It seems that hardly a day goes by without seeing a news item about another company banning its staff from using Facebook on their office PCs. As a regular Facebooker who uses the site both for business and pleasure, I find this attitude rather bizarre and very narrowminded, because Facebook is actually a fantastic business tool.
Sure, at first sight, the various pics, graffiti walls, music/film apps and other ephemera that make up the average Facebook profile (my own included) might make the site look somewhat frivolous, but dive deeper and you see there’s a lot more to it than meets the eye.
Facebook makes it easy for anyone to start their own group on whatever topic they like, meaning business can use the function to create customer committees, company events boards, staff intranets, recruitment forums, customer service/feedback areas, and much more.
For a small fee, users can post surveys on any topic and make them available to the Facebook network of their choice – a great market research tool for companies targeting the Facebook demographic of 25-40 year olds.
Users can post events free of charge, invite all their friends, and publicise them within their network and groups. I recently posted one of my company’s events on the site (a seminar on hotel web design & online booking). Not only did we get a couple of registrations as a result, but the event was also spotted by a local journalist from one of Vietnam’s biggest newspapers, who will attend the seminar and hopefully write a nice article about us!
This tool is particularly useful in a city like HCMC where events are usually badly publicised (if they are publicised at all), and where there are no decent listings/what’s on magazines.
As well as creating a company group with recruitment functionality, companies can also use Facebook to headhunt. Looking for a Java programmer in Vietnam? Go into the Vietnam network and dos search with ‘java’ in the ‘job’ field, and see what you can find!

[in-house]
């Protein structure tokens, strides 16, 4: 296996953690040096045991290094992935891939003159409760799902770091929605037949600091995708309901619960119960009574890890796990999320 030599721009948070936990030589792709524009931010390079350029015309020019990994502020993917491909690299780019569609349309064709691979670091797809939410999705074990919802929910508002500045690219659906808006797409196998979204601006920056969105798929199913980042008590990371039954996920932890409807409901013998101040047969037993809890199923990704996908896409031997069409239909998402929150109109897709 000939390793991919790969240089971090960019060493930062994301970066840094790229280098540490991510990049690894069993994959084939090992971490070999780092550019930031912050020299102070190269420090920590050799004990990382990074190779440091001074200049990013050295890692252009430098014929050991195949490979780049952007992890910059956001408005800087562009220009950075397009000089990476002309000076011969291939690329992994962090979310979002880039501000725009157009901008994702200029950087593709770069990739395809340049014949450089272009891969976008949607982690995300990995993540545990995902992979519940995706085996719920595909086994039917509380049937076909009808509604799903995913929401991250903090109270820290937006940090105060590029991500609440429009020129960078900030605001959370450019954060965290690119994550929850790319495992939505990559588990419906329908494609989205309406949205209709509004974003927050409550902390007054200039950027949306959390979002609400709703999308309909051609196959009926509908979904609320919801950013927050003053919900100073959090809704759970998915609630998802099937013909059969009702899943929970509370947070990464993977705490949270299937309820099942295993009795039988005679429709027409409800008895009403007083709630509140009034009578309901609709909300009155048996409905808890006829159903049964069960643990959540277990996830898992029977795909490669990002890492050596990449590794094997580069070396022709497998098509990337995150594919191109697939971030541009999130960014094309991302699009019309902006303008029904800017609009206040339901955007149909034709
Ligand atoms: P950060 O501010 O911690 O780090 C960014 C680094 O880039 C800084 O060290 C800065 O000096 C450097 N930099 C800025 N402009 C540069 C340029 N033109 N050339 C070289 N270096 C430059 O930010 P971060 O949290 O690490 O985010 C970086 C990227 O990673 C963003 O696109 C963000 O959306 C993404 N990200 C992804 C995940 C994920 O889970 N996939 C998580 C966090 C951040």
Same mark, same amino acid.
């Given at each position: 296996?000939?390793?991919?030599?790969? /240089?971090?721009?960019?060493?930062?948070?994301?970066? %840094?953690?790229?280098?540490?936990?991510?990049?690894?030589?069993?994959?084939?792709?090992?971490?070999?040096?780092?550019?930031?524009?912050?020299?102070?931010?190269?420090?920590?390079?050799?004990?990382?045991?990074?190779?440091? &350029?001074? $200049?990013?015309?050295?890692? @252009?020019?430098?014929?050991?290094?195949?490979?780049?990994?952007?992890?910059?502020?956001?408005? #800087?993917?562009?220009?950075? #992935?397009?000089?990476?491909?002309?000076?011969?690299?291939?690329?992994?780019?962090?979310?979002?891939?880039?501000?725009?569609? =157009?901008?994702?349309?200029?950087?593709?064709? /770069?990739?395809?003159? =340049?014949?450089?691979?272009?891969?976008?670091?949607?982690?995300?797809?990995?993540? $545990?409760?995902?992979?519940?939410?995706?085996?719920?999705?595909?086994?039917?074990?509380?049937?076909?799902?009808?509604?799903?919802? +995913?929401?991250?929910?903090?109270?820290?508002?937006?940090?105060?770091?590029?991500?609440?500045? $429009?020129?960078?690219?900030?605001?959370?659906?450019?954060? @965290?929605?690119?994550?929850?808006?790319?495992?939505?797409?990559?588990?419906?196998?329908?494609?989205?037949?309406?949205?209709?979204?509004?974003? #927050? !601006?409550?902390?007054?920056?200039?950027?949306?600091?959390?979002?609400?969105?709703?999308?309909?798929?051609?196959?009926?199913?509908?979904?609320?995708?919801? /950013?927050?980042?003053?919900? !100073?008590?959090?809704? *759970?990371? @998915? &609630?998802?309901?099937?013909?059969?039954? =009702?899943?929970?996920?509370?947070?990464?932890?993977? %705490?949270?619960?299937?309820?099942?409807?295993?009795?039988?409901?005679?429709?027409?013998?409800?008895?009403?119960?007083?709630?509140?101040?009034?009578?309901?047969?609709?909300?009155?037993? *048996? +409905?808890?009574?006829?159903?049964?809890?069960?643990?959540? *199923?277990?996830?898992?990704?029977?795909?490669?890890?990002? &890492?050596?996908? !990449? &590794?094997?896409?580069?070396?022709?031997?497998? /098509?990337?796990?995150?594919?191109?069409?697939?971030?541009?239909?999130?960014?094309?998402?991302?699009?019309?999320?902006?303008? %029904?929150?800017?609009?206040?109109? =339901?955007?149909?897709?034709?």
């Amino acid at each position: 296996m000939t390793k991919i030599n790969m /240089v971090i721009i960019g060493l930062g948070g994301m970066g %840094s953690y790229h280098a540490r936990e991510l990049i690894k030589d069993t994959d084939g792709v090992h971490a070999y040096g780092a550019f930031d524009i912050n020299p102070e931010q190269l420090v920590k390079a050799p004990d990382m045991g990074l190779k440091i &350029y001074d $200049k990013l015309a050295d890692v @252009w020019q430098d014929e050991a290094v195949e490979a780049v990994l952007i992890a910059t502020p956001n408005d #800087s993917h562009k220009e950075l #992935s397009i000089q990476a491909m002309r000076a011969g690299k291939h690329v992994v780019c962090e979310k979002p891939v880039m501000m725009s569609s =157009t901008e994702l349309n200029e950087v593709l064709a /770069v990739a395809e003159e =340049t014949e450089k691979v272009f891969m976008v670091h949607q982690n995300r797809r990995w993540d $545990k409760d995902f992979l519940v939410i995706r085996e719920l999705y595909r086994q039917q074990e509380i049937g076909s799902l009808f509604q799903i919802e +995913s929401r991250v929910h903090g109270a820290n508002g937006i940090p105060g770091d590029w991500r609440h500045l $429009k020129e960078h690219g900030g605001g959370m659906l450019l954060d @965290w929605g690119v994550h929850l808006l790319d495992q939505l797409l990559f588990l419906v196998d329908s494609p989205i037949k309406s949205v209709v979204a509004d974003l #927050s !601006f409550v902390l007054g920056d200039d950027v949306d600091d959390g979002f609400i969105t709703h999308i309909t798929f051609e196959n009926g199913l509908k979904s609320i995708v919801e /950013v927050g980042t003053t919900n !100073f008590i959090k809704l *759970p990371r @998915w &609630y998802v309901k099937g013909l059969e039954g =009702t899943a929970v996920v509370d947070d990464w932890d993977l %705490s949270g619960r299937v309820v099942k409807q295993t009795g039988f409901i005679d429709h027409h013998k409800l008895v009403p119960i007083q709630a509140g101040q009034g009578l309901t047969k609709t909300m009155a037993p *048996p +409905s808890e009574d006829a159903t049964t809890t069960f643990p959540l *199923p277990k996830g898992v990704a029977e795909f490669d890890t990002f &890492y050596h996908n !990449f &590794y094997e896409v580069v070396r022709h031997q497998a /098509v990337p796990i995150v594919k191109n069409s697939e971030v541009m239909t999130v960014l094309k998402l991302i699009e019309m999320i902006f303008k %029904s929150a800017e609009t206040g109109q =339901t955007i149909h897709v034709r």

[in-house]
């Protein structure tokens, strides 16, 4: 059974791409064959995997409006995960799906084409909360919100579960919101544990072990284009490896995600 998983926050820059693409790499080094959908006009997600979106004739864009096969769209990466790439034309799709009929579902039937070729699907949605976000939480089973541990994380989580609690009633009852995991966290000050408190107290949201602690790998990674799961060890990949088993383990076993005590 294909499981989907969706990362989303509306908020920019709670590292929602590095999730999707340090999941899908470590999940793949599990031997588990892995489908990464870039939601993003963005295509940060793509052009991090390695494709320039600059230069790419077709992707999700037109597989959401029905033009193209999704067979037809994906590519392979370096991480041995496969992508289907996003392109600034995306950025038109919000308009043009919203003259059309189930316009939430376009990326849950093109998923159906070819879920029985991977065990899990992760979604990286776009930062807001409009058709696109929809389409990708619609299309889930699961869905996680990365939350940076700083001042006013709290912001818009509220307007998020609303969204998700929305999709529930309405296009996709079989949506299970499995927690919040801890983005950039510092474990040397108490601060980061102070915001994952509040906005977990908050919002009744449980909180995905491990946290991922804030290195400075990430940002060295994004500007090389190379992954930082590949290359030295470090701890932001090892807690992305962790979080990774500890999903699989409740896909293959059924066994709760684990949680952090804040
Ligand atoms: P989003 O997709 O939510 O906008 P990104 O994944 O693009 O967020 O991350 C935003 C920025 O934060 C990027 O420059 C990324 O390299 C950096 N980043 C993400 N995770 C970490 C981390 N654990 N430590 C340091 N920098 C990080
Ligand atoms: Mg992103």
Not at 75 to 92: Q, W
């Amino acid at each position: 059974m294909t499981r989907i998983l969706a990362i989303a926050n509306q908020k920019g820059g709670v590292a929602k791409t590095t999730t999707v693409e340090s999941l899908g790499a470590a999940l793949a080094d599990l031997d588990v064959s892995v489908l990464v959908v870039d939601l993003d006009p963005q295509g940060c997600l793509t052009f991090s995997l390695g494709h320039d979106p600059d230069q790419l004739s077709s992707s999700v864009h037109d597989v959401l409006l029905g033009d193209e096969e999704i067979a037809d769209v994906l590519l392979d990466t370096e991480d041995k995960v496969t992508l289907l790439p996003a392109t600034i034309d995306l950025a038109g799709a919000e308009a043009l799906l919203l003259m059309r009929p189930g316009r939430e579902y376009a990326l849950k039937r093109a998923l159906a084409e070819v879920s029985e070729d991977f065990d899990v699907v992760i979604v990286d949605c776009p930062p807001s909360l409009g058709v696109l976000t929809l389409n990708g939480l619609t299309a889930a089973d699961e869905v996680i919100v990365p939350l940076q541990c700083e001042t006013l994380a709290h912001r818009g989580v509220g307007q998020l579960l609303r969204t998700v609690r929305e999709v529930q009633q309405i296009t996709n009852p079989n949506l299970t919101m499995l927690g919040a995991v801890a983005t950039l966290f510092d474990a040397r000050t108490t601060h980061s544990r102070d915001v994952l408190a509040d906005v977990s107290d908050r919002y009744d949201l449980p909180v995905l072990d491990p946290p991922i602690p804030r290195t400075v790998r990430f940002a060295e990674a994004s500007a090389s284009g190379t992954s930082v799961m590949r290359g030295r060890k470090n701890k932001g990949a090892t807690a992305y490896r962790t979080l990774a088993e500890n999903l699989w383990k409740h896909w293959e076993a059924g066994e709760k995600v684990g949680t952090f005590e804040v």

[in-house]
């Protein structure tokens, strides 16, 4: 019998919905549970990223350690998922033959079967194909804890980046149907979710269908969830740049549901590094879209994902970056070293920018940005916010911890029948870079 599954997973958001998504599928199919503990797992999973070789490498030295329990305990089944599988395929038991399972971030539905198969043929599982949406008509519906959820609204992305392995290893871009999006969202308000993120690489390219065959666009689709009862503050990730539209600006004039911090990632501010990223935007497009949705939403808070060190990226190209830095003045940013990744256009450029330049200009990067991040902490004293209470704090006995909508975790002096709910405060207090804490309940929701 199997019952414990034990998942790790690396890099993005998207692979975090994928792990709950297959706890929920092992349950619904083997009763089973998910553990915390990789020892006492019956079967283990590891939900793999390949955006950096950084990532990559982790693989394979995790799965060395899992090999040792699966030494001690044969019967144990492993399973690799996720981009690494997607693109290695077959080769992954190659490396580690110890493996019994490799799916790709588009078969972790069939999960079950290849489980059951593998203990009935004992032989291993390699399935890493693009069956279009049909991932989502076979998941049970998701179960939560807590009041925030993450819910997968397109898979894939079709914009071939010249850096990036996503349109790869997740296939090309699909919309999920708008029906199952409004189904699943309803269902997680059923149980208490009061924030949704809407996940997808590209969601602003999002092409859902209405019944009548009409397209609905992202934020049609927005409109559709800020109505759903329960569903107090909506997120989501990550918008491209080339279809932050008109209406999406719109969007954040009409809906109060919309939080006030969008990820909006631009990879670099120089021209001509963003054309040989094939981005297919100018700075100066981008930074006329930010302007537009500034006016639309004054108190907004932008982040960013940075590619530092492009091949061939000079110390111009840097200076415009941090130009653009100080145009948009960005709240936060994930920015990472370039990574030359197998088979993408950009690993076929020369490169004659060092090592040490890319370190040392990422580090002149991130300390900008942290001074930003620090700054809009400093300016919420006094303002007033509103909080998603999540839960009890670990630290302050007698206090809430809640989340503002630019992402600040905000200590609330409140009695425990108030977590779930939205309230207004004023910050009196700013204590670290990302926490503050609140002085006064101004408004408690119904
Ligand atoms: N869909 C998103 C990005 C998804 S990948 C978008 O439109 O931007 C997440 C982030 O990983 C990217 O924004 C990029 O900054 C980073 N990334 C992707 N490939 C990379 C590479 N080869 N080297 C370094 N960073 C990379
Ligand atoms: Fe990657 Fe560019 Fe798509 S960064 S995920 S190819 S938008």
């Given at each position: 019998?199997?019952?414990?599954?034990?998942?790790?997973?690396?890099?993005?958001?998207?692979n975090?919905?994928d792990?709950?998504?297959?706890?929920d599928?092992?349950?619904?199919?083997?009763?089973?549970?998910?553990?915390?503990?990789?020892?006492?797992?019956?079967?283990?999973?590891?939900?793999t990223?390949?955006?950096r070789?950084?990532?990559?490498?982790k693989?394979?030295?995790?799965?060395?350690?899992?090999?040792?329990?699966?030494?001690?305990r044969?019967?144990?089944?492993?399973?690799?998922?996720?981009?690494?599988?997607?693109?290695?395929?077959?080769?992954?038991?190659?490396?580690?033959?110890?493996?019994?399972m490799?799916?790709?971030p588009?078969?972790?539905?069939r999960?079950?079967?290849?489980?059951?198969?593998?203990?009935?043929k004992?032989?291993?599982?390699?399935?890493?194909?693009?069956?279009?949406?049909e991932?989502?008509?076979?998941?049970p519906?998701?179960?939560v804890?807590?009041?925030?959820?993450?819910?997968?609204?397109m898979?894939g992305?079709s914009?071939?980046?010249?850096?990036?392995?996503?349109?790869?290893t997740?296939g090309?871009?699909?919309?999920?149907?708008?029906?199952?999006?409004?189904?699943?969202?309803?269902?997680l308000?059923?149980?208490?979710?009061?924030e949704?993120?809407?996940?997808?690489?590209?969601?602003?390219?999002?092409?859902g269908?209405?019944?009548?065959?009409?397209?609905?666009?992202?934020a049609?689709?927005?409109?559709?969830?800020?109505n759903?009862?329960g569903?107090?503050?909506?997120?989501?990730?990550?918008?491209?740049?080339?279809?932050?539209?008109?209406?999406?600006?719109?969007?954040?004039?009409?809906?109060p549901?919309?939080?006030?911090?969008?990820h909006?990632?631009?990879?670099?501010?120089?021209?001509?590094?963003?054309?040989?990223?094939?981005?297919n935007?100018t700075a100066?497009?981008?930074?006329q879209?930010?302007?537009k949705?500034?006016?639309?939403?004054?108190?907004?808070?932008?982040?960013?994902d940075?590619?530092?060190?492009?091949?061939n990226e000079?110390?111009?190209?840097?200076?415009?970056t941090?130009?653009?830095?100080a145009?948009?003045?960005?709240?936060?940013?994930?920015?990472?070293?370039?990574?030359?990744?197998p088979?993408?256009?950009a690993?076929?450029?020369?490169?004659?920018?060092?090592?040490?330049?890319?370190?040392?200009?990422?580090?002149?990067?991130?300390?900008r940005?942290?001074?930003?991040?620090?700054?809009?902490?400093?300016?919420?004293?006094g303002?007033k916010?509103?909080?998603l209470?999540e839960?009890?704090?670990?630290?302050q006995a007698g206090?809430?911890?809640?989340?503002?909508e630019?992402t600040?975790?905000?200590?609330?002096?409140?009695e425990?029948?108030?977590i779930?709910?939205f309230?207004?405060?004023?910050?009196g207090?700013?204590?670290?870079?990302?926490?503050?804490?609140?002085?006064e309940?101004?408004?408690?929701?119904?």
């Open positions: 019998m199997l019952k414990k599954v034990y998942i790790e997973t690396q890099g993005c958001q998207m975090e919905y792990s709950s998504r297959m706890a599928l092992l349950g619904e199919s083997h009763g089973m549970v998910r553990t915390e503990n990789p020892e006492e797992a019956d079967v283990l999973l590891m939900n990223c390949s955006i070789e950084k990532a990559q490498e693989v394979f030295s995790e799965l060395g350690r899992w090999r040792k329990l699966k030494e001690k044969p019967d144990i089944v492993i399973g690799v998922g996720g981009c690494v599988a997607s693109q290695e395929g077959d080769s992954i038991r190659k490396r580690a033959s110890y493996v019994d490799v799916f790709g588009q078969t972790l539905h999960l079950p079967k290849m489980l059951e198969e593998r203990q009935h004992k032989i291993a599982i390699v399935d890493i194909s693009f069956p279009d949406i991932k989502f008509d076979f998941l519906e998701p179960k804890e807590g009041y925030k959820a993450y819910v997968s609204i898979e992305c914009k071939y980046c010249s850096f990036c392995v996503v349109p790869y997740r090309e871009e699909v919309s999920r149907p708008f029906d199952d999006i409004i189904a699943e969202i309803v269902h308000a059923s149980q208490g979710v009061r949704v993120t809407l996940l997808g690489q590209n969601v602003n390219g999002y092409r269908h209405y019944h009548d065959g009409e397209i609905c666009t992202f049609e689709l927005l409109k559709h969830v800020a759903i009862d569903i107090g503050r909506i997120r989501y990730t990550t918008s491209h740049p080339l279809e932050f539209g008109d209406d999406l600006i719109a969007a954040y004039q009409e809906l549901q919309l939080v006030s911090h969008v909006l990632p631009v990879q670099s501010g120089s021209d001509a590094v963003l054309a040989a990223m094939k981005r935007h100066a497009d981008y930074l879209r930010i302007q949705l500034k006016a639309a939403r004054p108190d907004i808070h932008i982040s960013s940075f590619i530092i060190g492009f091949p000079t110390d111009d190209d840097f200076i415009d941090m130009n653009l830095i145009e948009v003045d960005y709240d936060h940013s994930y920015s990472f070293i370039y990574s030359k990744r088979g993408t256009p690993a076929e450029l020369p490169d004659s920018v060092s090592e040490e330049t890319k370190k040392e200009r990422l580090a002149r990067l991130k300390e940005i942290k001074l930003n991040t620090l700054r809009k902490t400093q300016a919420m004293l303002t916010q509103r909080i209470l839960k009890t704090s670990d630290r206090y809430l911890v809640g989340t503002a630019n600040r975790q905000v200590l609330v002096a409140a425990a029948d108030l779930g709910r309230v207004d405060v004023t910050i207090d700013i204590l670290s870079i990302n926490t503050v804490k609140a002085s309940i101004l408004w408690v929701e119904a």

One of the biggest drawbacks of business social networking site Linkedin is that it’s, well, boring. Facebook isn’t. Facebook makes it easy to find people in your area who you can do business with, helps you get to know existing contacts a lot better (I can look up people I know and find out their favourite films/music, what sports they like to play, how many children they have etc., which makes conversation a lot easier next time I meet them!), and facilitates the creation of social/business networks. Using Facebook as an internal tool also helps your staff get to know each other better, and as mentioned above, Facebook could even be used as a corporate intranet.
Facebook’s open development platform allows anyone to create an application and make it available to the site’s users. Some apps, such as Top Friends and Funwall, have over a million active users. Whilst there isn’t any direct money to be made out of most Facebook apps as they are free to use, they’re a great way to get your brand name known and to attract people to use your paid services.
With Myspace only really appealing to teenagers, and Linkedin being as dull as ditchwater, more and more people are moving to Facebook and the site will shortly overtake Myspace as the web’s biggest social network – as of July 2007, it had 34,000,000 users with over 100,000 joining every day. With figures like that, and with functionality which provides communication, networking, marketing/market research and other business tools mostly free of charge, businesses can no longer ignore Facebook and should be looking at encouraging their staff to embrace it, rather than banning it!